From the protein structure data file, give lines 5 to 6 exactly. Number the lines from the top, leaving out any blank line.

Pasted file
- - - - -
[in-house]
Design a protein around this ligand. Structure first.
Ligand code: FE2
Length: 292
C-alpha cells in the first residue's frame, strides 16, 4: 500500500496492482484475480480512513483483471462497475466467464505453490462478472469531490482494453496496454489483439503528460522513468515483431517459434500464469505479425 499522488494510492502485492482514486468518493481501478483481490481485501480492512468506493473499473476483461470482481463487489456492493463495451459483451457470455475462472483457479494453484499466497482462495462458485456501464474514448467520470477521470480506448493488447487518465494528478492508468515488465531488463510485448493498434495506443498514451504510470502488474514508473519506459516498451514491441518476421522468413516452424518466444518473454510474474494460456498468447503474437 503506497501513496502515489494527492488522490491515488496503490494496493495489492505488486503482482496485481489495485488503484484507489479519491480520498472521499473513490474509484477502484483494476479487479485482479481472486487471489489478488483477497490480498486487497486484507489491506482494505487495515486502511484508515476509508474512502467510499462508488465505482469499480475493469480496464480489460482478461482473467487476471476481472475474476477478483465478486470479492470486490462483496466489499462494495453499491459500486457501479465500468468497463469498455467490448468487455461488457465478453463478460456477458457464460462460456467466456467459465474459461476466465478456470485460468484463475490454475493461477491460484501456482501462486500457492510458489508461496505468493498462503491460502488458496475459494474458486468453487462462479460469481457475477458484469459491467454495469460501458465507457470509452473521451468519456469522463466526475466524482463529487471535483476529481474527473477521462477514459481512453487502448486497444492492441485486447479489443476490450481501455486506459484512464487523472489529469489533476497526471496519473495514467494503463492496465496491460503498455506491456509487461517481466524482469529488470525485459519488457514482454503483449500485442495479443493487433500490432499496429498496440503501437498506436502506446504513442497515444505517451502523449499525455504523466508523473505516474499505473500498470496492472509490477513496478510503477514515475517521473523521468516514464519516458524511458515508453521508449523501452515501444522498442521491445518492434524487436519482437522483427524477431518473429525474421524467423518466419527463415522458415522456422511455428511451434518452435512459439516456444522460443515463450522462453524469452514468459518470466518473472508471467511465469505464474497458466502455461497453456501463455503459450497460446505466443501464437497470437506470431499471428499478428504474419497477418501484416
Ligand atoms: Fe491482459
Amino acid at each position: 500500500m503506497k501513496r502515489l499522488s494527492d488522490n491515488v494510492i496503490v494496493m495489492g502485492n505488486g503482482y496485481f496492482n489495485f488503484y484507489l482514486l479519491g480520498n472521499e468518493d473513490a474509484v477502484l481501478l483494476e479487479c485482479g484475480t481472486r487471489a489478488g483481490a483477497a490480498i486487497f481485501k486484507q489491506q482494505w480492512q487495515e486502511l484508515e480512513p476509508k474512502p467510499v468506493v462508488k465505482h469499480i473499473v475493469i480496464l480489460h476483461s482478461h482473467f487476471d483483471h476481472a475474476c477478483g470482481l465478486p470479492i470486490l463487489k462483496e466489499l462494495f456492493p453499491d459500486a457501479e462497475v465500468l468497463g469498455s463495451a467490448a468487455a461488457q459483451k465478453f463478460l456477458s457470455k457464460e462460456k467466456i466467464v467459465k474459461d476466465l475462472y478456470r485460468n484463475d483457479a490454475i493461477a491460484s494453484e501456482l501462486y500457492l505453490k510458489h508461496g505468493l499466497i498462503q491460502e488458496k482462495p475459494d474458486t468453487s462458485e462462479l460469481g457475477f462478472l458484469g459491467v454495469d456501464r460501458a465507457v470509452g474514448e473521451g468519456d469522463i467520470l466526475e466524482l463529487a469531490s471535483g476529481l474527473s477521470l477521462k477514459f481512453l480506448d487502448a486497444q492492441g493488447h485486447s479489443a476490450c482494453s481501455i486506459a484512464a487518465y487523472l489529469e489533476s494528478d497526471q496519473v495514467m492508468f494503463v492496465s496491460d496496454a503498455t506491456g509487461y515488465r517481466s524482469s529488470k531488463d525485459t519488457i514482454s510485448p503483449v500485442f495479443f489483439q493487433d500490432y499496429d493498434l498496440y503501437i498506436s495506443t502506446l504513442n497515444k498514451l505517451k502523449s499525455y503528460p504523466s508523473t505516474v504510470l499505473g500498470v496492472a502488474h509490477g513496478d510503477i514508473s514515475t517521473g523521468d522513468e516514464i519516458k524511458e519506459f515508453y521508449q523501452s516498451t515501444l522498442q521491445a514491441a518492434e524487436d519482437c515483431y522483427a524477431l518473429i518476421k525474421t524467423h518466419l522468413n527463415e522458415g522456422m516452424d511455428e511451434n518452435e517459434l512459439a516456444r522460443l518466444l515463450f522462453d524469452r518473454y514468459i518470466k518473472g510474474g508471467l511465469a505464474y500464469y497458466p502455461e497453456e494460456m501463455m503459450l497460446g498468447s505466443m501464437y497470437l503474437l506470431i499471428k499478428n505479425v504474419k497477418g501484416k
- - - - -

C-alpha cells in the first residue's frame, strides 16, 4: 500500500496492482484475480480512513483483471462497475466467464505453490462478472469531490482494453496496454489483439503528460522513468515483431517459434500464469505479425 499522488494510492502485492482514486468518493481501478483481490481485501480492512468506493473499473476483461470482481463487489456492493463495451459483451457470455475462472483457479494453484499466497482462495462458485456501464474514448467520470477521470480506448493488447487518465494528478492508468515488465531488463510485448493498434495506443498514451504510470502488474514508473519506459516498451514491441518476421522468413516452424518466444518473454510474474494460456498468447503474437 503506497501513496502515489494527492488522490491515488496503490494496493495489492505488486503482482496485481489495485488503484484507489479519491480520498472521499473513490474509484477502484483494476479487479485482479481472486487471489489478488483477497490480498486487497486484507489491506482494505487495515486502511484508515476509508474512502467510499462508488465505482469499480475493469480496464480489460482478461482473467487476471476481472475474476477478483465478486470479492470486490462483496466489499462494495453499491459500486457501479465500468468497463469498455467490448468487455461488457465478453463478460456477458457464460462460456467466456467459465474459461476466465478456470485460468484463475490454475493461477491460484501456482501462486500457492510458489508461496505468493498462503491460502488458496475459494474458486468453487462462479460469481457475477458484469459491467454495469460501458465507457470509452473521451468519456469522463466526475466524482463529487471535483476529481474527473477521462477514459481512453487502448486497444492492441485486447479489443476490450481501455486506459484512464487523472489529469489533476497526471496519473495514467494503463492496465496491460503498455506491456509487461517481466524482469529488470525485459519488457514482454503483449500485442495479443493487433500490432499496429498496440503501437498506436502506446504513442497515444505517451502523449499525455504523466508523473505516474499505473500498470496492472509490477513496478510503477514515475517521473523521468516514464519516458524511458515508453521508449523501452515501444522498442521491445518492434524487436519482437522483427524477431518473429525474421524467423518466419527463415522458415522456422511455428511451434518452435512459439516456444522460443515463450522462453524469452514468459518470466518473472508471467511465469505464474497458466502455461497453456501463455503459450497460446505466443501464437497470437506470431499471428499478428504474419497477418501484416
Ligand atoms: Fe491482459